LA-based twins Nikolai and Simon Haas have taken the design world by storm. They have become well-known for their provocative, biomorphic, colorful, and insanely imaginative furniture, ornaments, and commissioned artistry. Nikolai apprenticed as a master carver and Simon studied blacksmithing at the Rhode Island School of Design—and together their pieces, while sleek, still retain some traces of artisanal handiwork.
Sui Park is a New York based artist and an interior architect born in Seoul, Korea. Her work involves creating 3-dimensional flexible organic forms of a comfortable ambiance that are yet dynamic and possibly mystical or illusionary.
“My work involves creating 3-dimensional organic forms mostly in generic and biomorphic shapes. Through these forms, I attempt to express seemingly static yet dynamic characteristics of our evolving lives. While they resemble transitions and transformations of nature, the forms are also to capture subtle but continuous changes in our emotions, sentiments, memories and expectations.
I weave and connect traces and tracks of the subtle changes into organic forms. The organic forms are made with mass-produced industrial materials, in particular Monofilament and Cable Ties. They are non –durable, disposable, trivial, inexpensive and easily consumed materials. But, when I weave and connect them, they are transformed into organic visualizations. I want them to be creating lasting moments, evoking and encapsulating our precious thoughts.” Sui Park
Brooklyn-based painter Torey Thornton creates abstract, crudely rendered forms to explore the picture plane as both a spatial field and a medium for conjuring images and sensibilities. Thornton rejects the canvas, instead preferring the textural possibilities of paper, found wood, and slatted panels, all of which serve as the grounds for spray and acrylic paint, as well as collaged objects. His paintings exhibit various influences, from color field and monochrome painting to biomorphic abstractions. Certain elements suggest recognizable forms—cars, the sun—while others are more cryptic, such as the repeated appearance of perpendicular lines.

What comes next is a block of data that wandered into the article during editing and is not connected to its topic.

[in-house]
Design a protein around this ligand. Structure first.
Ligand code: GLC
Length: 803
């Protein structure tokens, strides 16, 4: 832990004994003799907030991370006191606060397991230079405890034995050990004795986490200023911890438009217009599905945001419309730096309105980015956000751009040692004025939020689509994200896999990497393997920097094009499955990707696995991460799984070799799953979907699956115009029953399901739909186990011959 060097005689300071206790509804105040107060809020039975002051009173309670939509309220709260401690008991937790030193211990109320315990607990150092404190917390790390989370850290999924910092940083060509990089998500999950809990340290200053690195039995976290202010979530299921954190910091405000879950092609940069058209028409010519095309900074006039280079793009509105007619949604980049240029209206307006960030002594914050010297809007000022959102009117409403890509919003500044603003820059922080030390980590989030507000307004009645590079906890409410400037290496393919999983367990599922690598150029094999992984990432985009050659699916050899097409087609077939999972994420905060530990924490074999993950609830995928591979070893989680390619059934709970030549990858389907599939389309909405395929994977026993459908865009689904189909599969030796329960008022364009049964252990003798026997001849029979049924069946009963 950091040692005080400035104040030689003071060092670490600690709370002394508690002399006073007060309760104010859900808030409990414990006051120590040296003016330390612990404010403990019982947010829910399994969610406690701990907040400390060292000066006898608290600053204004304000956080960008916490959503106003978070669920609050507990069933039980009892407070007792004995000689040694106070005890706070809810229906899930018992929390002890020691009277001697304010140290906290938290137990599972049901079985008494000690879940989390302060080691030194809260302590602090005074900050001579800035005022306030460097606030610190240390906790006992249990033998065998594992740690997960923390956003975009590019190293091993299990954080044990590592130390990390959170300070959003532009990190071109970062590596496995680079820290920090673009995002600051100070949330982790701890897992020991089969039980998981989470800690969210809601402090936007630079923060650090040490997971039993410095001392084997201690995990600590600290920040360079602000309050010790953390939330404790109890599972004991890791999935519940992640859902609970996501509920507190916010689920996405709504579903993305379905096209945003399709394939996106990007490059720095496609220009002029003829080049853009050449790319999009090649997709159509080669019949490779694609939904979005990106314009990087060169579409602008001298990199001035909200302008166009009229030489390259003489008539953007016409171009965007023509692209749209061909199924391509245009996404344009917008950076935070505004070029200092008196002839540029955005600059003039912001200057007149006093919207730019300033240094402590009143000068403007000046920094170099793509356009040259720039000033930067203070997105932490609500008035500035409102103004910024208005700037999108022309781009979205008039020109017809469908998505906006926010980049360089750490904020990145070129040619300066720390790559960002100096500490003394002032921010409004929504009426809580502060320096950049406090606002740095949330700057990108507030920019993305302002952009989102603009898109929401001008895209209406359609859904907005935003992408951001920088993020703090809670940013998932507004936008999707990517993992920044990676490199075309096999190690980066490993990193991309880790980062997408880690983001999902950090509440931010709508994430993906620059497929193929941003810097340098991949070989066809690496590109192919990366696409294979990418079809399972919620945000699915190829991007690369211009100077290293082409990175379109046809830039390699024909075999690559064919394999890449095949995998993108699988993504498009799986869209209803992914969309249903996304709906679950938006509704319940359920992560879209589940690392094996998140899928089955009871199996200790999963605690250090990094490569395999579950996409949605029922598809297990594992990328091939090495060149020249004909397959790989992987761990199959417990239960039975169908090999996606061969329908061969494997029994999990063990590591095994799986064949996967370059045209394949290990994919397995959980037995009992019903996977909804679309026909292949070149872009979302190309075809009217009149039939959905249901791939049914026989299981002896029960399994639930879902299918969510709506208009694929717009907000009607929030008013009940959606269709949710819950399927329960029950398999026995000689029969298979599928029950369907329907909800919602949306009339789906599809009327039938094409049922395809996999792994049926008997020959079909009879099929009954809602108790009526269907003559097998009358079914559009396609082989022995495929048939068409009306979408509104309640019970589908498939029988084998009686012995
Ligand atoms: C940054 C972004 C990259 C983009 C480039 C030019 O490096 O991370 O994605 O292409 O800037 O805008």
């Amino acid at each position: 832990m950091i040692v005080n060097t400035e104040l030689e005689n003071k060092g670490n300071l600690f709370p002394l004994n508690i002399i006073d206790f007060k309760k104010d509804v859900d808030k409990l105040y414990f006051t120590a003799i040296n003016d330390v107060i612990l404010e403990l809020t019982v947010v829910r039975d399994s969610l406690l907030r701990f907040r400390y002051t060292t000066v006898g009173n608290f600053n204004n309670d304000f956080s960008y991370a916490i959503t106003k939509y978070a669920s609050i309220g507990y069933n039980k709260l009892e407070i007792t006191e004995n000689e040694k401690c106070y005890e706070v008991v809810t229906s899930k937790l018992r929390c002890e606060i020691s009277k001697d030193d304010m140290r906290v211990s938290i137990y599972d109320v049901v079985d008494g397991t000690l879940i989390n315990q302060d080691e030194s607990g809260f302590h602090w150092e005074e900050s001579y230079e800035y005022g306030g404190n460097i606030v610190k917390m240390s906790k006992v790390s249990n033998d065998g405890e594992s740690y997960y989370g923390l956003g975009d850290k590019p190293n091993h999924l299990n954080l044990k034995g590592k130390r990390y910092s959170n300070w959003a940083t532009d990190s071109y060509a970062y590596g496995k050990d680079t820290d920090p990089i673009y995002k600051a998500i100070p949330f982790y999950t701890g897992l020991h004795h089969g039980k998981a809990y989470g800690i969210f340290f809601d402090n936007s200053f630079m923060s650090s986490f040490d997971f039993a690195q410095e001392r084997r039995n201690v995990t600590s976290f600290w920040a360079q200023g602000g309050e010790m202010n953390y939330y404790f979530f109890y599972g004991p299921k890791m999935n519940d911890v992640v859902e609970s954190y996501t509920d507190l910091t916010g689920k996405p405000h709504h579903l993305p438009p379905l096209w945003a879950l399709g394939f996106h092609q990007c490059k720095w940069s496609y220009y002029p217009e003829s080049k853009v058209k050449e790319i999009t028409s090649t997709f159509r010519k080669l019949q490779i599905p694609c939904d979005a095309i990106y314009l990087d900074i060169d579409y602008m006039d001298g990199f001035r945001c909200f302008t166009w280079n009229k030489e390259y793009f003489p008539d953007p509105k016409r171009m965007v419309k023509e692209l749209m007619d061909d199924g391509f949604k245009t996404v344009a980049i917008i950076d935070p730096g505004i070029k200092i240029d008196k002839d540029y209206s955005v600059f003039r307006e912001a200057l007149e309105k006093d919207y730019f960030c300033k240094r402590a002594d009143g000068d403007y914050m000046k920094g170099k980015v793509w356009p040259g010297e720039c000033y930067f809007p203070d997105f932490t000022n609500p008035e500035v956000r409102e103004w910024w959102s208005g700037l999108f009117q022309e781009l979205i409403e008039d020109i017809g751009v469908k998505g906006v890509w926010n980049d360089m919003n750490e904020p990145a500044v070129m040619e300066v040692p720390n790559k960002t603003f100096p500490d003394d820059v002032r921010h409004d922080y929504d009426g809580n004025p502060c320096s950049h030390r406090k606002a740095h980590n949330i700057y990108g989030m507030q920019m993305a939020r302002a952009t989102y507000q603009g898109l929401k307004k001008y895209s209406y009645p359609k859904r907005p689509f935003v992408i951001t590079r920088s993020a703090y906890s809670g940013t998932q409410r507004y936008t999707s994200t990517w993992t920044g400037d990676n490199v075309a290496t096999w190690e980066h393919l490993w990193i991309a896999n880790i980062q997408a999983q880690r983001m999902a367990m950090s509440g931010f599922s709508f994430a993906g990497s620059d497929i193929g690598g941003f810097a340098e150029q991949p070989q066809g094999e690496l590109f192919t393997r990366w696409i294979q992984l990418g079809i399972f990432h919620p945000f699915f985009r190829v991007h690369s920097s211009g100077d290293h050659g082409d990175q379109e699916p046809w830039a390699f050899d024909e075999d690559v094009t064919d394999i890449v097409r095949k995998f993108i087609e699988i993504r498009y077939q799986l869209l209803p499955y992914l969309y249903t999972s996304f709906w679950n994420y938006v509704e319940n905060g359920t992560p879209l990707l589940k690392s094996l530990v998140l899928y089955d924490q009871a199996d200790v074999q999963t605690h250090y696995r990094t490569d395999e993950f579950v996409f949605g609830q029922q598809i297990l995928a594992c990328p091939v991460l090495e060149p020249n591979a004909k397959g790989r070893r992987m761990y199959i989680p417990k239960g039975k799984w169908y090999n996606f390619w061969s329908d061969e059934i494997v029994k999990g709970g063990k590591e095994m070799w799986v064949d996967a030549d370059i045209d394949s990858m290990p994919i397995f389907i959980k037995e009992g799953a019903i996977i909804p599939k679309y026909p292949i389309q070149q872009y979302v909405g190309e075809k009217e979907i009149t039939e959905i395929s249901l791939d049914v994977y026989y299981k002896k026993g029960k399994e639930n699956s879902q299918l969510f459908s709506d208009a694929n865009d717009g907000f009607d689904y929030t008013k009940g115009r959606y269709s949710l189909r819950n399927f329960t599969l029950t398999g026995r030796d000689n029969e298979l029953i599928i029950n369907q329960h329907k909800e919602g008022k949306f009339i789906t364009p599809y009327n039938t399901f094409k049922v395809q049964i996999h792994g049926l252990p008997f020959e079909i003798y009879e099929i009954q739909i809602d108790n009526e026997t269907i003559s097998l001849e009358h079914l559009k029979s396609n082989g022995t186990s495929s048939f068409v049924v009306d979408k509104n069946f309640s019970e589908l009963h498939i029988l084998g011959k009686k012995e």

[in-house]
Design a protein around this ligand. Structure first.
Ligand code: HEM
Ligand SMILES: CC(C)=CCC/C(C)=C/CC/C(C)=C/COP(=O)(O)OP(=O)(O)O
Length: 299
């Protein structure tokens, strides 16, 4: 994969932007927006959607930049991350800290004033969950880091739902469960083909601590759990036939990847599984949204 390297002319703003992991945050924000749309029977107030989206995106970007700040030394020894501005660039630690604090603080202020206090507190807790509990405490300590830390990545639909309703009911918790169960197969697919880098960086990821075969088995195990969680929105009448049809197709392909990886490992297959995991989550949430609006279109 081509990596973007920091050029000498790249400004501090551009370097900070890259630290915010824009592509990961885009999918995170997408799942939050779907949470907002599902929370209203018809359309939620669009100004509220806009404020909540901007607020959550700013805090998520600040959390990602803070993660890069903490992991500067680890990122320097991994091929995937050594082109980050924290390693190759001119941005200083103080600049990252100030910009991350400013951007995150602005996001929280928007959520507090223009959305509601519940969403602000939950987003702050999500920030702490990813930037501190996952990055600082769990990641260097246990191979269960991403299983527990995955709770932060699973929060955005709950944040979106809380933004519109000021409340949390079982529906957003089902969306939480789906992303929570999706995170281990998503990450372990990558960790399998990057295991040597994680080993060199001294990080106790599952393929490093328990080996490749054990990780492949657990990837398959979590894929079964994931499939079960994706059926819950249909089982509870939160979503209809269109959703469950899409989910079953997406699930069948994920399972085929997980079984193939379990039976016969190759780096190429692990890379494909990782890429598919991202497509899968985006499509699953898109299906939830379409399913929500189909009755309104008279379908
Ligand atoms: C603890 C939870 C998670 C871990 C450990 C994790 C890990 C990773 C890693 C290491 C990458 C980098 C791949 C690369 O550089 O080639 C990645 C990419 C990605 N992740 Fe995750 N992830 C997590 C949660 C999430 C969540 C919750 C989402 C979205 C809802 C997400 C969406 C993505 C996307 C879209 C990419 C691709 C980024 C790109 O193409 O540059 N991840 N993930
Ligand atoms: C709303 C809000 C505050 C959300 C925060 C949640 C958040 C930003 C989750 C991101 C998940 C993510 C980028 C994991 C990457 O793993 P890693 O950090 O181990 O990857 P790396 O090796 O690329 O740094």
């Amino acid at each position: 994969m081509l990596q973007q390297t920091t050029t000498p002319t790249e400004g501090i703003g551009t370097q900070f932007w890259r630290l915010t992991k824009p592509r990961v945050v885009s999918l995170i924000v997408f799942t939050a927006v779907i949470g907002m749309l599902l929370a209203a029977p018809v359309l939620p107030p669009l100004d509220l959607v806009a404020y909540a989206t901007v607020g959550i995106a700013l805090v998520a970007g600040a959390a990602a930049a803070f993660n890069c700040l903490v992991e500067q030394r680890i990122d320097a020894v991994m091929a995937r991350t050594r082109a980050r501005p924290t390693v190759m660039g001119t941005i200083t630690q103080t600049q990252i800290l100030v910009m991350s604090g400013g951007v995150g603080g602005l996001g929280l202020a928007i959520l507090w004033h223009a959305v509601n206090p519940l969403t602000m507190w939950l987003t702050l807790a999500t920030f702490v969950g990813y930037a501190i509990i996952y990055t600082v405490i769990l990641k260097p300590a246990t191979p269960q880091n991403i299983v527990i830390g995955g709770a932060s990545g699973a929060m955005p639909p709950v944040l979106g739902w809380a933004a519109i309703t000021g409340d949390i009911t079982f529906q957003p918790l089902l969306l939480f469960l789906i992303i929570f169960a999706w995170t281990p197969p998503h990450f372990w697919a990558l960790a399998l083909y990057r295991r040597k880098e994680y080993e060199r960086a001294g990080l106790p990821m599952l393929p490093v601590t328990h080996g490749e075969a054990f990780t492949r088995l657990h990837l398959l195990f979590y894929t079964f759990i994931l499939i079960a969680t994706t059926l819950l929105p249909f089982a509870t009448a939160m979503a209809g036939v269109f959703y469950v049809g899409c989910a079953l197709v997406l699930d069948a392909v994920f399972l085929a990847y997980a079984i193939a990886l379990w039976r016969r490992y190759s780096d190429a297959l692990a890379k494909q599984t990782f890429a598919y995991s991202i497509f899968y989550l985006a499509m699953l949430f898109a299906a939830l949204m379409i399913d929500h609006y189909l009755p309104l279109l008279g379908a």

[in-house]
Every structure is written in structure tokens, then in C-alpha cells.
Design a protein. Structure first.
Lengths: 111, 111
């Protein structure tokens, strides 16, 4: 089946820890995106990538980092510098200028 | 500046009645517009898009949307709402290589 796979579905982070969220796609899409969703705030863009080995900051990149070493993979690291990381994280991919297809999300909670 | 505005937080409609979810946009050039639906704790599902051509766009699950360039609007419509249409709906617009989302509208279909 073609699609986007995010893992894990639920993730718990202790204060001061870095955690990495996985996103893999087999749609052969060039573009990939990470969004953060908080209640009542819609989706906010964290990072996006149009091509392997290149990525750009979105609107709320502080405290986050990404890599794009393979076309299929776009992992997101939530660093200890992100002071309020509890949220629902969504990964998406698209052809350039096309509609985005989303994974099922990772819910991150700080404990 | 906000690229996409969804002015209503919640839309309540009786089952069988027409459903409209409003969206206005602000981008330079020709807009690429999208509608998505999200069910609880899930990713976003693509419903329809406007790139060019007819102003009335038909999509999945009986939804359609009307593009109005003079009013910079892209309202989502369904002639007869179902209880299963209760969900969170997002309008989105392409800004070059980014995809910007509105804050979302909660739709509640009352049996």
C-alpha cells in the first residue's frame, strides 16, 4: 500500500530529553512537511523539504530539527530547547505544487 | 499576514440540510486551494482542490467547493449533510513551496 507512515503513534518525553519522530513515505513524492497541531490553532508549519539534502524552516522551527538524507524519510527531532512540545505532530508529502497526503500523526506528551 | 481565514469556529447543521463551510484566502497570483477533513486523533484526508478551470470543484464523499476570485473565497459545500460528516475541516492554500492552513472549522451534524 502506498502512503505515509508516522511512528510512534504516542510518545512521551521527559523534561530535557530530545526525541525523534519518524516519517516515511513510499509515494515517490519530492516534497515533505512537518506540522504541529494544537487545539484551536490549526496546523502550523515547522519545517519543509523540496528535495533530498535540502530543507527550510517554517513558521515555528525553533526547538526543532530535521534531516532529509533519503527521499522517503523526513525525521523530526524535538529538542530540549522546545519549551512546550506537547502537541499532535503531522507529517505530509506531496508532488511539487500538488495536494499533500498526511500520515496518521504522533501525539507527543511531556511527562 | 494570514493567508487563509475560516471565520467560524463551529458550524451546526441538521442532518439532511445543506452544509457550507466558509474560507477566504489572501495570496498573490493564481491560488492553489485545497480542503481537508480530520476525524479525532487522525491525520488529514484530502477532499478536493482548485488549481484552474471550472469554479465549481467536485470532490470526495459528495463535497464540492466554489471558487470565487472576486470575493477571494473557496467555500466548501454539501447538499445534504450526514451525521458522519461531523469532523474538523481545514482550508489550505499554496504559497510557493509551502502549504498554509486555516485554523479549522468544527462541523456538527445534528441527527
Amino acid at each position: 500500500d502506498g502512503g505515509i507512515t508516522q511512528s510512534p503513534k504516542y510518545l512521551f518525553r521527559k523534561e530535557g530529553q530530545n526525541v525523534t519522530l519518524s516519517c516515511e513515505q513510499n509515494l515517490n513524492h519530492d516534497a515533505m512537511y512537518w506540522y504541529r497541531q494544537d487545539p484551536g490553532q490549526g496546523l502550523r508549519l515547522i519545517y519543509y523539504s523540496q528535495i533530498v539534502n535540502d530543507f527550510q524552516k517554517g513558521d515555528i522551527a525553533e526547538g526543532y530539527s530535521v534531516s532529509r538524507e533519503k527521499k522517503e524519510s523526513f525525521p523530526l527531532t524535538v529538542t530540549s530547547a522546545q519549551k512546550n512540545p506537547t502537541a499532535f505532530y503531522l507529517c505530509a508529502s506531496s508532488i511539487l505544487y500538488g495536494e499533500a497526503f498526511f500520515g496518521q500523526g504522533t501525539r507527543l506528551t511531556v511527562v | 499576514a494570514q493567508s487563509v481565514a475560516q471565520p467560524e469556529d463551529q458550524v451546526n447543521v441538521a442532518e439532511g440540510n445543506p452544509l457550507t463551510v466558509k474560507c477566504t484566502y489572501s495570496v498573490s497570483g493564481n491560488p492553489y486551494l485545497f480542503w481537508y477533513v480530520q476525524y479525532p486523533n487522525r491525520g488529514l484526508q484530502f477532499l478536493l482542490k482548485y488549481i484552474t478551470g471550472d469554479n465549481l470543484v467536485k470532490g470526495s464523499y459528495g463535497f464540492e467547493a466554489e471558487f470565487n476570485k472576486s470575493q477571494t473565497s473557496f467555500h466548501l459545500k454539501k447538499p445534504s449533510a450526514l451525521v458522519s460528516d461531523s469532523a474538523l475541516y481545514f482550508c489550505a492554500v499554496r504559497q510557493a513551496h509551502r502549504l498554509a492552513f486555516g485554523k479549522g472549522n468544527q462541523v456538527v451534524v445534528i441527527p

Brooklyn-based artist Erik Parker’s vibrantly colored, eye-popping figurative paintings might not be in lockstep with all the trends of contemporary art, but he couldn’t care less. Parker was born in Stuttgart, Germany but later moved to San Antonio, Texas. Parker attended the University of Texas at Austin with artist Peter Saul before receiving a master of fine art from Purchase College in New York.
Erik is known for his precisely painted and organized worlds of chaos that exist within his brightly colored, intensely layered, highly saturated canvases. Parker’s work depicts unique, fantastical scenes of biomorphic subjects and unworldly landscapes. Parker methodically paints each composition to the optical extreme creating an intense visual experience.His work maintains a premeditated sense of order all the while suggesting an underlying madness through his use of bold and fragmented forms.
Rio de Janeiro native Ernesto Neto’s been exhibiting internationally since the 1990s, and the artist’s latest biomorphic work is tailored to the spaces each piece inhabits. From a distance, these new, vibrant installations appear as though they grew inside these walls organically. But Neto’s work isn’t meant to be enjoyed from afar.
In his current show at Helsinki’s Kiasma, “Boa,” visitors are invited to touch and inhabit his constructions. At close inspection, the meticulous hand-crocheting and knotting of the fabric comes into focus. Scents, such as lavender or clove, are paired with works; makeshift ceilings envelope viewers into becoming components of the work.